My Identity

In a crowd of white people, especially at my new setting, I stand out.
I can distinguish myself from others. If I need to look for my wife in a crowd at church, it’s not that hard to find her.
No matter where I go, no matter who I’m with, the fact that I’m Korean is never going to change.
I will always be slightly different.
I can eat the same food as them, I can be entertained by the same things as them, I can be outraged at the same upsetting things as them, I can wear the same clothing, I can drive the same cars, live in the same neighborhoods, but deep down, I am different from them. There’s no taking out my Korean blood out of me. Yes, I’m not that big fan of Korean food, but go 2 or so weeks without it, my body craves it. Everyone in California seemingly wears shoes inside their houses. Wherever I live, people will not walk with shoes inside the house. I think slightly different from the people around me. My culture, ethnicity has molded me into a certain way and with a certain perspective.
I could be surrounded by Japanese and Chinese people, but I will still be different from them.

Where am I going with this?

Isn’t this how I should be as a Christian?
That no matter where I am, who I’m with, that there will be something inherently different about who I am because of who I love?
That I could be surrounded by non-believers, yet still stand out in a different way? That my identity and belief sort of sets me apart from the rest of the flock? Not in an elitist, snobby way, but to be slightly different because of what I believe…

This thought came to me because I don’t really know what a Christian is. We have Koreans who call themselves Christians, yet they go hire Hispanics for minimum wage (sometimes lower) and make them to ridiculous jobs, and if they don’t perform, these so called Christians will use physical force to get their ways. I know those who refer to them as Christians, but only go to church on Sundays, and live however they want the other days. And then we have those Christians that we admire and who earnestly try to live for God’s glory. Yet, all three consider themselves Christians.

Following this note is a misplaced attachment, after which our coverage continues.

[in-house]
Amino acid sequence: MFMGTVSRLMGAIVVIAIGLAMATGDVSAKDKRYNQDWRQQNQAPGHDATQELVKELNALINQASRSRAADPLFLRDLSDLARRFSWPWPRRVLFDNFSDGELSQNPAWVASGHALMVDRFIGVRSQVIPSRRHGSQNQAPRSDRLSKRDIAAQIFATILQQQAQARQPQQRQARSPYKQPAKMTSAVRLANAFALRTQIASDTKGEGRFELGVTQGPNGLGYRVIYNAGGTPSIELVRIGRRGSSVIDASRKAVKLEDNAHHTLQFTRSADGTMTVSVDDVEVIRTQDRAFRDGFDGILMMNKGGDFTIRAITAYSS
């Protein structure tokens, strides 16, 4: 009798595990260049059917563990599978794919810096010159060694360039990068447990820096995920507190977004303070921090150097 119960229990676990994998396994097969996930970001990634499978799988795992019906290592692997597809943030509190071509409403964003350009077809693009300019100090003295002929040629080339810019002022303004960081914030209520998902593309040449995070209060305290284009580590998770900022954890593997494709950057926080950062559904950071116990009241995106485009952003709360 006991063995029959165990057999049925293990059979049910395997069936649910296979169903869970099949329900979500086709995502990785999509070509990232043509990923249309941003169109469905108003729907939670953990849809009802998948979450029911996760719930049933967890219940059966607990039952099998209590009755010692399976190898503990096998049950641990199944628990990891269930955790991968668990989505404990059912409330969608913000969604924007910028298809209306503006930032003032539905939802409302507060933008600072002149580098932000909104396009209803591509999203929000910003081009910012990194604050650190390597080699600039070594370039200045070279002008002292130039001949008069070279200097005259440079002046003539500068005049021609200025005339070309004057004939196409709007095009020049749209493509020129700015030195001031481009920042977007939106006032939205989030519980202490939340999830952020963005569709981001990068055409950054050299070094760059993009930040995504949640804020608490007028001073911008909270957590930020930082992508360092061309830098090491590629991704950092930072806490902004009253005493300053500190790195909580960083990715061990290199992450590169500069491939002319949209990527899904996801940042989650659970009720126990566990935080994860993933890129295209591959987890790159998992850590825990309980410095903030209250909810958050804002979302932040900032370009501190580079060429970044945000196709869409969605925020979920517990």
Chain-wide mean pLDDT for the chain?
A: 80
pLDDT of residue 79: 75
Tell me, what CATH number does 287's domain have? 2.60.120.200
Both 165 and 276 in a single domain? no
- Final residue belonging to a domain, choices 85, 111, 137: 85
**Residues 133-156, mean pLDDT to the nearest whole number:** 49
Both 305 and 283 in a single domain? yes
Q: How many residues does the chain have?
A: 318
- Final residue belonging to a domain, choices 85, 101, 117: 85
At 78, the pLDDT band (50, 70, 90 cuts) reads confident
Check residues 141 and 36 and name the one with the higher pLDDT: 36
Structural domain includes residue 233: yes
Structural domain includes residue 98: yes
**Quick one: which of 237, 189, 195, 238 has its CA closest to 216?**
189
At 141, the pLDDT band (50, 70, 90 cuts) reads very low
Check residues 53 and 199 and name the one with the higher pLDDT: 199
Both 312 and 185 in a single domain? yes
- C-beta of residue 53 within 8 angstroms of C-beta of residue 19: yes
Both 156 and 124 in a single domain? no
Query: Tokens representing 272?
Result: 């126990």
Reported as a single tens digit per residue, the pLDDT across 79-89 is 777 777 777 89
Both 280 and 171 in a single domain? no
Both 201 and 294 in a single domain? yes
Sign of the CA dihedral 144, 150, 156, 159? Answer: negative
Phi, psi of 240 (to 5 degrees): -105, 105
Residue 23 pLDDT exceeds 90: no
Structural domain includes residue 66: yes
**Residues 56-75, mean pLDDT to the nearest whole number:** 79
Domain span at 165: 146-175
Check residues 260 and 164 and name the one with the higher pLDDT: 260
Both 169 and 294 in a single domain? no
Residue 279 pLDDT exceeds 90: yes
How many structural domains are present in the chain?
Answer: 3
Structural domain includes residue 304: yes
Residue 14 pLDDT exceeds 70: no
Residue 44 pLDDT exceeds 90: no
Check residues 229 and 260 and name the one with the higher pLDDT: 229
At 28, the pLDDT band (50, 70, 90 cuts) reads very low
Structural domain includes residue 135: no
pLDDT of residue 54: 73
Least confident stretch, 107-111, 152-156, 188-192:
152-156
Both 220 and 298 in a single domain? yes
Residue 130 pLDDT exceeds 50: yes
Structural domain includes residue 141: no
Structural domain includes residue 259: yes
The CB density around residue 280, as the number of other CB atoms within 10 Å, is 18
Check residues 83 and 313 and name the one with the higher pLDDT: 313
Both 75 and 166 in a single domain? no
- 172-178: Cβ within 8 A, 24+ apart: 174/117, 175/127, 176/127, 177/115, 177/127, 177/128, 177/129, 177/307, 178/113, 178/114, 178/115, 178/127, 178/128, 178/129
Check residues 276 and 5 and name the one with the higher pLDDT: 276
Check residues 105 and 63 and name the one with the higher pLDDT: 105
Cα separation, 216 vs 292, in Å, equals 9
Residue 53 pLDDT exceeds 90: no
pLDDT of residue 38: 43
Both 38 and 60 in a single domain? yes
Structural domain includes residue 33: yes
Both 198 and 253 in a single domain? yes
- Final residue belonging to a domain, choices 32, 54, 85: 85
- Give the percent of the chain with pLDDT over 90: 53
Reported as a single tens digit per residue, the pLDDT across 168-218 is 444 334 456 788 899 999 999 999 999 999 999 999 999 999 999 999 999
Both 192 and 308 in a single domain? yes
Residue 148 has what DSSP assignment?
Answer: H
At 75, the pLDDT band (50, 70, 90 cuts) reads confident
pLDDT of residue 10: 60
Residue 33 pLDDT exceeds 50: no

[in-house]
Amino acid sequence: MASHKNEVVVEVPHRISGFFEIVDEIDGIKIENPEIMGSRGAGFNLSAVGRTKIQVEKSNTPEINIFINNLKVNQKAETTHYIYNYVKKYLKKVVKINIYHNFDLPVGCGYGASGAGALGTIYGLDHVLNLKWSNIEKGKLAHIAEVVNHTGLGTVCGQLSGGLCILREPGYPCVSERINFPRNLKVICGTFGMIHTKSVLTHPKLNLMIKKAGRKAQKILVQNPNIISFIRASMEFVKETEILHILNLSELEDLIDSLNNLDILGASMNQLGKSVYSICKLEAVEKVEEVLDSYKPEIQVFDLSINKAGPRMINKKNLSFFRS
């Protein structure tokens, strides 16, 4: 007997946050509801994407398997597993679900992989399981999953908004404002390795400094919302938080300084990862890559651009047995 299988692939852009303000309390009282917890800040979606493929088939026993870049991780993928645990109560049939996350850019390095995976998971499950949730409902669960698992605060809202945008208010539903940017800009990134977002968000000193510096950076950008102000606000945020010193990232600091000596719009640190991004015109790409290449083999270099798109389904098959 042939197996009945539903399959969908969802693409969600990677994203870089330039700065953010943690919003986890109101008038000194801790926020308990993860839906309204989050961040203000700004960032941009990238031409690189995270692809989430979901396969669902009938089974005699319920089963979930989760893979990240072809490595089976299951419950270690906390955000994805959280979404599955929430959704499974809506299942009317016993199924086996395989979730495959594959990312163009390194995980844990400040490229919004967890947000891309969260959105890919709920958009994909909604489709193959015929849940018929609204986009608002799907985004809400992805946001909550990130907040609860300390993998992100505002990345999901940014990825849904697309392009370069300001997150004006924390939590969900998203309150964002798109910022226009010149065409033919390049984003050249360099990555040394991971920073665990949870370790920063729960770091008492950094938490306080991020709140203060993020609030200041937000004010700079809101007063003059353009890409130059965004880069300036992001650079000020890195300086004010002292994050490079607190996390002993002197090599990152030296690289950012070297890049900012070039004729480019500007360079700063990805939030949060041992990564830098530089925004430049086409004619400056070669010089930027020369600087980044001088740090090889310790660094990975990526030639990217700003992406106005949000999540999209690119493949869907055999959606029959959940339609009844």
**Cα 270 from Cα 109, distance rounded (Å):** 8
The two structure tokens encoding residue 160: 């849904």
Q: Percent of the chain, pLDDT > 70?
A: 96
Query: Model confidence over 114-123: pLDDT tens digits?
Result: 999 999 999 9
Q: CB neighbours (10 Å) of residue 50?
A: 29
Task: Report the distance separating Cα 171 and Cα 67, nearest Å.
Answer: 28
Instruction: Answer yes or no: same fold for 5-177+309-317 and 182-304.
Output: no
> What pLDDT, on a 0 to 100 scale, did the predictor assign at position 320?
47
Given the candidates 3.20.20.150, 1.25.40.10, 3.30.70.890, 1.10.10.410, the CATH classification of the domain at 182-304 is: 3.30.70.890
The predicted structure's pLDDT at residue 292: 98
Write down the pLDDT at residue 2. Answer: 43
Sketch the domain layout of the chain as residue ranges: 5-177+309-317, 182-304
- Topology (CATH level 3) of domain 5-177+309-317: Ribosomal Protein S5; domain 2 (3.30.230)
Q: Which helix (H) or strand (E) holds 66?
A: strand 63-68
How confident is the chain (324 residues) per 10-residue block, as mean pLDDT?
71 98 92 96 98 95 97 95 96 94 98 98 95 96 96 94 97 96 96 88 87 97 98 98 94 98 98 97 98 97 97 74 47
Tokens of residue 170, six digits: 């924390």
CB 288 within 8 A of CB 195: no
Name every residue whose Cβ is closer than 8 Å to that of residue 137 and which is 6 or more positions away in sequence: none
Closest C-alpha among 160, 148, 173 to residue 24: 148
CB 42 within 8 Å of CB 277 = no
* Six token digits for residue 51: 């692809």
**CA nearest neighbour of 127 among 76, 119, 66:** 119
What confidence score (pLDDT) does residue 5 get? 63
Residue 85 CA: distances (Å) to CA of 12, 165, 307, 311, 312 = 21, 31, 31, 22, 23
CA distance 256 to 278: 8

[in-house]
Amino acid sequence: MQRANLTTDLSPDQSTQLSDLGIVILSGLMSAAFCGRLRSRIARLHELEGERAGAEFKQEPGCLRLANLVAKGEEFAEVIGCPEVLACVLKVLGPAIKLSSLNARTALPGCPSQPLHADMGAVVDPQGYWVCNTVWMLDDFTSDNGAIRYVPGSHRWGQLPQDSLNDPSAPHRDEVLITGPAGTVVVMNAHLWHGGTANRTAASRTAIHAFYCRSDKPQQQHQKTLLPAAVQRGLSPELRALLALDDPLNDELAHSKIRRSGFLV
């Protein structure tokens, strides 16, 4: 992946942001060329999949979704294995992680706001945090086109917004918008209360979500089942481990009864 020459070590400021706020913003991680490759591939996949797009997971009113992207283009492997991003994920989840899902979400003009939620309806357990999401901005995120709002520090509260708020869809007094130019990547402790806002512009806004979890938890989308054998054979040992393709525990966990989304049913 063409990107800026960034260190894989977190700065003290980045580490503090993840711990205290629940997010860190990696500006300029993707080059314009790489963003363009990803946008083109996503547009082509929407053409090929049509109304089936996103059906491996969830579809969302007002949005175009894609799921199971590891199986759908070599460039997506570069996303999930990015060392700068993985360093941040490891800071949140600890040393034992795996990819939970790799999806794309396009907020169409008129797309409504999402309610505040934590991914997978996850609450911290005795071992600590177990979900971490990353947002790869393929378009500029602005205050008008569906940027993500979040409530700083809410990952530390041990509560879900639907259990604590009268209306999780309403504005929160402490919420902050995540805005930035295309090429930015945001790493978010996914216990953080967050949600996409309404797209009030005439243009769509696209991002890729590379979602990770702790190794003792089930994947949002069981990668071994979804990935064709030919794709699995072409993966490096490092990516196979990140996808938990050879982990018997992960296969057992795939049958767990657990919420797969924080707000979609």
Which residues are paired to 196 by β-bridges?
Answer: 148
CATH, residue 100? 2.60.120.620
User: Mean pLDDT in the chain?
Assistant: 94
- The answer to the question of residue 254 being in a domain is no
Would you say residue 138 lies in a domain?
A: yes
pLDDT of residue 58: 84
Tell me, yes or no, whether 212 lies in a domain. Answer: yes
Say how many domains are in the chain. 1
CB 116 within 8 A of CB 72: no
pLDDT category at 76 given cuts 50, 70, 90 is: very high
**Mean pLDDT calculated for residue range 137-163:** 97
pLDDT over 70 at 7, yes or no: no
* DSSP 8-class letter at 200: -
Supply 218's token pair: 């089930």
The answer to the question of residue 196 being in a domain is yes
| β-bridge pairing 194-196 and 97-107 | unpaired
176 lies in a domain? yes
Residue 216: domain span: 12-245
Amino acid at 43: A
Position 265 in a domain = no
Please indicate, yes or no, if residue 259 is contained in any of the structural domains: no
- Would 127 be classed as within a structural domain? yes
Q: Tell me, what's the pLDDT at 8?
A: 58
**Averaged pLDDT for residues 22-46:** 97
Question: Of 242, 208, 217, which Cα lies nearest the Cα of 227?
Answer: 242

Sometimes, I think I’ve conformed to the world to a point where I can’t differentiate myself as a follower of Christ to someone who believes there is no God. I’ve read somewhere (I think Shane Claiborne) that we’ve Christians haven’t really shown the world a different way to live. We live exactly as they do and just sprinkle a little Jesus here and there.

I just feel that I should be different from others, not because of what I say or how I look, but because of how I live. And how I love.
We’re not supposed to be of this world, but that doesn’t mean we should go and isolate ourselves from it, either. And that’s a struggle I seem to face more than I’d like.

3 Comment on “My Identity

  1. Pingback: A Reflection on Our Identity in Christ « deeply committed

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